Many people dream of winning the lottery, and these days it’s easier than ever to buy a ticket. But it’s not as simple as choosing your numbers and hoping for the best. There’s a lot to consider, including the odds of actually winning a prize, and how money is distributed among winners.

Most lottery games involve picking your own set of numbers and waiting to see if any of them match those that are randomly selected. The more of your numbers that match, the larger the prize you win. The prizes themselves vary widely, from cash to goods. Some states have even offered cars or houses for winners. But the entire lottery system isn’t free to operate: Someone has to design the scratch-off games, record live lottery drawing events and keep the websites up to date. These workers and administrative costs add up, so a portion of every winning ticket goes toward overhead.

In addition to the overhead, state-run lotteries also profit from a large portion of each sale. Most retailers sell tickets, and the money they receive for each purchase goes to the lottery commission or other organization that runs the lottery. Some retailers may even make additional money by selling items such as lottery merchandise, which is often marketed to those who already play the game.

The casting of lots for decisions or fate has a long history in human culture, and some historians believe the first recorded public lottery was organized by Roman Emperor Augustus in order to fund repairs in the city of Rome. However, the lottery as we know it today likely originated in the Low Countries in the 15th century. Town records in Ghent, Utrecht and Bruges indicate that the lottery was used to raise funds for town walls and to help the poor.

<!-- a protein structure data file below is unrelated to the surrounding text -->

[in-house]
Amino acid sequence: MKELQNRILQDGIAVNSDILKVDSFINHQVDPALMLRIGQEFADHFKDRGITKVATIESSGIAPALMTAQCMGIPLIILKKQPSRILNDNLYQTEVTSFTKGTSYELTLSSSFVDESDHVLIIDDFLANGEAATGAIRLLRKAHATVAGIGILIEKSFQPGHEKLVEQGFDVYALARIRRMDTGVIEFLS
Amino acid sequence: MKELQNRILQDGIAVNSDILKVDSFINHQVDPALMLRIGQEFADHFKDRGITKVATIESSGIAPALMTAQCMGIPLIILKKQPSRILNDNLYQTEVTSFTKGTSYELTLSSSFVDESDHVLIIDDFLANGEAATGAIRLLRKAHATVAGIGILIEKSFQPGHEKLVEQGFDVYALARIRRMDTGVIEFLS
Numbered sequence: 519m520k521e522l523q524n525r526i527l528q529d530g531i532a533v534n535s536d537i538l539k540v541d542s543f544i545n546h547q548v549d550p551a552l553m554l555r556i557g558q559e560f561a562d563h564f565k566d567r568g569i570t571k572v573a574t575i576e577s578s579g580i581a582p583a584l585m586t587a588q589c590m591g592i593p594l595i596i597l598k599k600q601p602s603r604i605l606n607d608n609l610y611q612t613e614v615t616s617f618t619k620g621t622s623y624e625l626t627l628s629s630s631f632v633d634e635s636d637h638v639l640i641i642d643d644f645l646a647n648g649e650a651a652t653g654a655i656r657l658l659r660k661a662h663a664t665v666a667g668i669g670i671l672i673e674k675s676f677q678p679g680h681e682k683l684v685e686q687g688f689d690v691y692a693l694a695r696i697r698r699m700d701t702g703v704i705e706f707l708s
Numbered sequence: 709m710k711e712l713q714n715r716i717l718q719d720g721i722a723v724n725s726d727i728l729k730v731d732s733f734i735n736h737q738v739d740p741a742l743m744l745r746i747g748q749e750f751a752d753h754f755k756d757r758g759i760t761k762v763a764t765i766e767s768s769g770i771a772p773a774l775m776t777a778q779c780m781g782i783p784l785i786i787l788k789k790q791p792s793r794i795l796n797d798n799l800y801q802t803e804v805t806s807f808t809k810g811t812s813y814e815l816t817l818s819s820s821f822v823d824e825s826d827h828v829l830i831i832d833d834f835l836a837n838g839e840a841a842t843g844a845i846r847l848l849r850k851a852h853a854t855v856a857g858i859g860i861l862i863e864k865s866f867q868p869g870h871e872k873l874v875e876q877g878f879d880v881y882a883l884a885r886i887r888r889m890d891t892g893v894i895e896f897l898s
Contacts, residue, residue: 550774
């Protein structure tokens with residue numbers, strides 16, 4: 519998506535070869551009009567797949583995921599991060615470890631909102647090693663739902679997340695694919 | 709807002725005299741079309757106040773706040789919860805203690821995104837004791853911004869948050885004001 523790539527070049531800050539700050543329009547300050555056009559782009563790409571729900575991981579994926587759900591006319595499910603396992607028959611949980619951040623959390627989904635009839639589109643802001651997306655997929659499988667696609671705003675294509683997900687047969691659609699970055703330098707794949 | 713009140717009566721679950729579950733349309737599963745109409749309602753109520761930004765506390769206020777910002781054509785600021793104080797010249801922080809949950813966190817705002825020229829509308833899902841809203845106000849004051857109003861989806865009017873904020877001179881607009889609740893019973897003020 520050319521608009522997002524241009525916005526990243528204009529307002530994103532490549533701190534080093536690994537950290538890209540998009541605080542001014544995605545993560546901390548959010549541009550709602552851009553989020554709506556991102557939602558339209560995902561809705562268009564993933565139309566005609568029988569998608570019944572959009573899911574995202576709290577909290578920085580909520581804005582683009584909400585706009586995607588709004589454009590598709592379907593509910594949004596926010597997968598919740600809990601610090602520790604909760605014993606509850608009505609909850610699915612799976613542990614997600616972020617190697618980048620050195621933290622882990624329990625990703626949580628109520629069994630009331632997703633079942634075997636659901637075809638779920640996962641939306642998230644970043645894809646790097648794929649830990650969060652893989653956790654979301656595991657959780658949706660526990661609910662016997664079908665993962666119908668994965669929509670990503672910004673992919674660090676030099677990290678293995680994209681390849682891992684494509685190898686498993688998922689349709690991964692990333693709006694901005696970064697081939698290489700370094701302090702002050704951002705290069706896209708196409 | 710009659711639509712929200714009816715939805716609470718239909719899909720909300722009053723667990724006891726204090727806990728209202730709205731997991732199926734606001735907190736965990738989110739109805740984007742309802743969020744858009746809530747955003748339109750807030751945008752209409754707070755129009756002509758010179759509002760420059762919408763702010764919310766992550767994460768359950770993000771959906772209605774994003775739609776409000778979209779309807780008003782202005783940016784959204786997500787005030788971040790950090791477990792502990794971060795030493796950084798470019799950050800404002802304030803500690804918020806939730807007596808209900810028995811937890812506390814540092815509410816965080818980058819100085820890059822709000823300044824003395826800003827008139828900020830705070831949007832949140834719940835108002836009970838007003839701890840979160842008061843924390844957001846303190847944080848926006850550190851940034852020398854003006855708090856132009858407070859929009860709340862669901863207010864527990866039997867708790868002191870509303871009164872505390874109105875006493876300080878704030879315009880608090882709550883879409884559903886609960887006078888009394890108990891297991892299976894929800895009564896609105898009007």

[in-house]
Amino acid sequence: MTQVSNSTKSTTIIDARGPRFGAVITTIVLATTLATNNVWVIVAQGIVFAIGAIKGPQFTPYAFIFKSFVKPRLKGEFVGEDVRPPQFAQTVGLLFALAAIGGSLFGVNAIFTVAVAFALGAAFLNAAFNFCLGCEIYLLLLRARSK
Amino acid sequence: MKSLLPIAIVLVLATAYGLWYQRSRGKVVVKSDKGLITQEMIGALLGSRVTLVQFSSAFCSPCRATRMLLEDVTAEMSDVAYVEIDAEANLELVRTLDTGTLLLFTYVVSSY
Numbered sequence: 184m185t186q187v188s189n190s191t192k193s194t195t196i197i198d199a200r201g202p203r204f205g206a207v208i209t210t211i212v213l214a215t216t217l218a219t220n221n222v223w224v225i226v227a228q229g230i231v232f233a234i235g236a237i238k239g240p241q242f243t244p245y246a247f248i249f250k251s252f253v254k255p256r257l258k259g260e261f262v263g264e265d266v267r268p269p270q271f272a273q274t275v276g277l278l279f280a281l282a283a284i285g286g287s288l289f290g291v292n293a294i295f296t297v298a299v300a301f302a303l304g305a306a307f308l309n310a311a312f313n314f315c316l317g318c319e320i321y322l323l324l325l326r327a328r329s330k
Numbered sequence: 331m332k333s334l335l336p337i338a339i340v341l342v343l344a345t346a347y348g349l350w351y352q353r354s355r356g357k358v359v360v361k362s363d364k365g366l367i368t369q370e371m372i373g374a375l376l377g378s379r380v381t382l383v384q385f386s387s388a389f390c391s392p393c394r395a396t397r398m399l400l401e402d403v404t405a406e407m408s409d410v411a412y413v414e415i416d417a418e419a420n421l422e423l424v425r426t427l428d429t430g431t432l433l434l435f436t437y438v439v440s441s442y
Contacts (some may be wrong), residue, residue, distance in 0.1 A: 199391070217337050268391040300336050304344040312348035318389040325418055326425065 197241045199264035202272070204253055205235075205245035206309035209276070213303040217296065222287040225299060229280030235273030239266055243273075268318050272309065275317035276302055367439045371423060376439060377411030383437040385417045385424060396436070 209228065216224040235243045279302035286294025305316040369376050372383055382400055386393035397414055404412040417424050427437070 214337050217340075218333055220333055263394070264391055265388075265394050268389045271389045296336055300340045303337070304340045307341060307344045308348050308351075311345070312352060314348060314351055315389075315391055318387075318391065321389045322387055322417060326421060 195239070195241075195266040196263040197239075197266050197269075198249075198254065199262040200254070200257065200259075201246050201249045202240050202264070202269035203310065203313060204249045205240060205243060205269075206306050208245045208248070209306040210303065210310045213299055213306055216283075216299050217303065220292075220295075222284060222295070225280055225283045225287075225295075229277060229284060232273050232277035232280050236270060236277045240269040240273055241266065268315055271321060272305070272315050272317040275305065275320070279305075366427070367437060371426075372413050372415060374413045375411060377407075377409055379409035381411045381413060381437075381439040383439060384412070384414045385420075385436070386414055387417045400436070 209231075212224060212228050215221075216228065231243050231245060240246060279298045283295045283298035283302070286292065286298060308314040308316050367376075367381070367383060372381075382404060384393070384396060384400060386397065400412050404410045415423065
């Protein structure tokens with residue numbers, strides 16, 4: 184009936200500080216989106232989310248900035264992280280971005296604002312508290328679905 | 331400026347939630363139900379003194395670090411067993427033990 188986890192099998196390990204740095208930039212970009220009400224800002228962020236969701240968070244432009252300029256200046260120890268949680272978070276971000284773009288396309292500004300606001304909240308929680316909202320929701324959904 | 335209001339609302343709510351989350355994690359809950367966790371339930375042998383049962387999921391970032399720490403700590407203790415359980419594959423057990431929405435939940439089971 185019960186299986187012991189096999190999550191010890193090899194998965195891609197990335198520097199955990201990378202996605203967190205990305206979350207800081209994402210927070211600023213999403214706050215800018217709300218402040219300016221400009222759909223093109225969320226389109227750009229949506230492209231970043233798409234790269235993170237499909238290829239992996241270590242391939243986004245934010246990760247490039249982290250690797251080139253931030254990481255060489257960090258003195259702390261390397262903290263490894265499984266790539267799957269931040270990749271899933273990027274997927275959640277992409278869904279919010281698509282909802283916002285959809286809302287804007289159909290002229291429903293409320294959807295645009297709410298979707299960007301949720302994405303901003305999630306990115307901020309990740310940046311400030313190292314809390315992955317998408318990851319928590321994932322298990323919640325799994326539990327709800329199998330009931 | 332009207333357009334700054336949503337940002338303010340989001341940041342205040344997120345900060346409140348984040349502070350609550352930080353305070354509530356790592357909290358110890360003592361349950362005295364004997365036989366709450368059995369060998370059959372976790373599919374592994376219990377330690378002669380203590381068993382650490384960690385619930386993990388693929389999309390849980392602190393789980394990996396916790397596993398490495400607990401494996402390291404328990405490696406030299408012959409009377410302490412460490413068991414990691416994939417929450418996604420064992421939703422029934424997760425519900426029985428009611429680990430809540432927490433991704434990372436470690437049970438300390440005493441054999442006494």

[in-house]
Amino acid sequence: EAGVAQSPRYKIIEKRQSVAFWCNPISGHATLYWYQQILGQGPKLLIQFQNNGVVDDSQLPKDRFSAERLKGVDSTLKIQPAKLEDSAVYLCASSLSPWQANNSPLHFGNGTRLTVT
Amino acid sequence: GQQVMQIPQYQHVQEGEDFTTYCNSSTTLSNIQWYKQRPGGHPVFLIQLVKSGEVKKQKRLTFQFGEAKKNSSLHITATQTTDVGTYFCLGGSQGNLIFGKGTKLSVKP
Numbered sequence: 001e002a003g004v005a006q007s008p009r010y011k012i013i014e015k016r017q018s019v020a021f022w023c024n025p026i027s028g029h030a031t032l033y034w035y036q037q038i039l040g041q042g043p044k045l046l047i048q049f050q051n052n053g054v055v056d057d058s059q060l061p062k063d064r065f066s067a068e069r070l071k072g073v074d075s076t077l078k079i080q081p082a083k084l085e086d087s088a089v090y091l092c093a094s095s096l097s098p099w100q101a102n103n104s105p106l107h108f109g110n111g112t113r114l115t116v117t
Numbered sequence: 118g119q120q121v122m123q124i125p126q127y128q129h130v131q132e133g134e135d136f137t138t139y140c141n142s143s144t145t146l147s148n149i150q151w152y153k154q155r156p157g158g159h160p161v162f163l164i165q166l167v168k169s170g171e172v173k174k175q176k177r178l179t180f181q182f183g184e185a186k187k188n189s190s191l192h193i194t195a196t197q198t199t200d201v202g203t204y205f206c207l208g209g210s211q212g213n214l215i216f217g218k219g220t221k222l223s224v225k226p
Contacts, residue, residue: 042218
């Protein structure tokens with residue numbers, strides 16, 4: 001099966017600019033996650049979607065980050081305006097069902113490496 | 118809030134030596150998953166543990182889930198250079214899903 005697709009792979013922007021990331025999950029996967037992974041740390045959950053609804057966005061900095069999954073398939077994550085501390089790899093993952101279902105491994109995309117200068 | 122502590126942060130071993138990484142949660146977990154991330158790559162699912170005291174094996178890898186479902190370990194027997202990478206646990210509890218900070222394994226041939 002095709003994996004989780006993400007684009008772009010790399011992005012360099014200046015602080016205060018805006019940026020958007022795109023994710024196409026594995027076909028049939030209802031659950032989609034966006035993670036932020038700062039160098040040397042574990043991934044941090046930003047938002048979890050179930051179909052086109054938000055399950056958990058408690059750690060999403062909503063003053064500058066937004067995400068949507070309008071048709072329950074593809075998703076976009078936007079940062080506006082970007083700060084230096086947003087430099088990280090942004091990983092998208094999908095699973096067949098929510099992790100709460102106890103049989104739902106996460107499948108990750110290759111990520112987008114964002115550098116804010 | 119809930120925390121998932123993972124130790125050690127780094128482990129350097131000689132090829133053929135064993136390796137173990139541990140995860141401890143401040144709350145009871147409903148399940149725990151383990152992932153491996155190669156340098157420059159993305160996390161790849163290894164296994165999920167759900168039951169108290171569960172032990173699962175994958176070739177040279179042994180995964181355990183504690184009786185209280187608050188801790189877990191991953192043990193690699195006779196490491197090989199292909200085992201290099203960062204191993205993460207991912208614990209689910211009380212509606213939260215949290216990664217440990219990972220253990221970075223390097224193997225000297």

While the majority of lottery players are middle-class, data suggest that lower-income communities participate in lotteries at a much higher rate than high-income groups. Men tend to play more than women, and blacks and Hispanics play significantly more than whites. In addition, those who are young or old play less frequently than those in the middle age range.

While there are plenty of stories of lottery winners who end up blowing their windfalls or being slammed with lawsuits, there are also those who make wise choices and put their money to good use. One example is former New York lottery winner Steve Mandel, who chose to spend his winnings on a quiet life in Vanuatu, a South Pacific island country known for its volcanoes and waterfalls. NerdWallet has rounded up some tips from financial experts on how to handle a big lottery payout.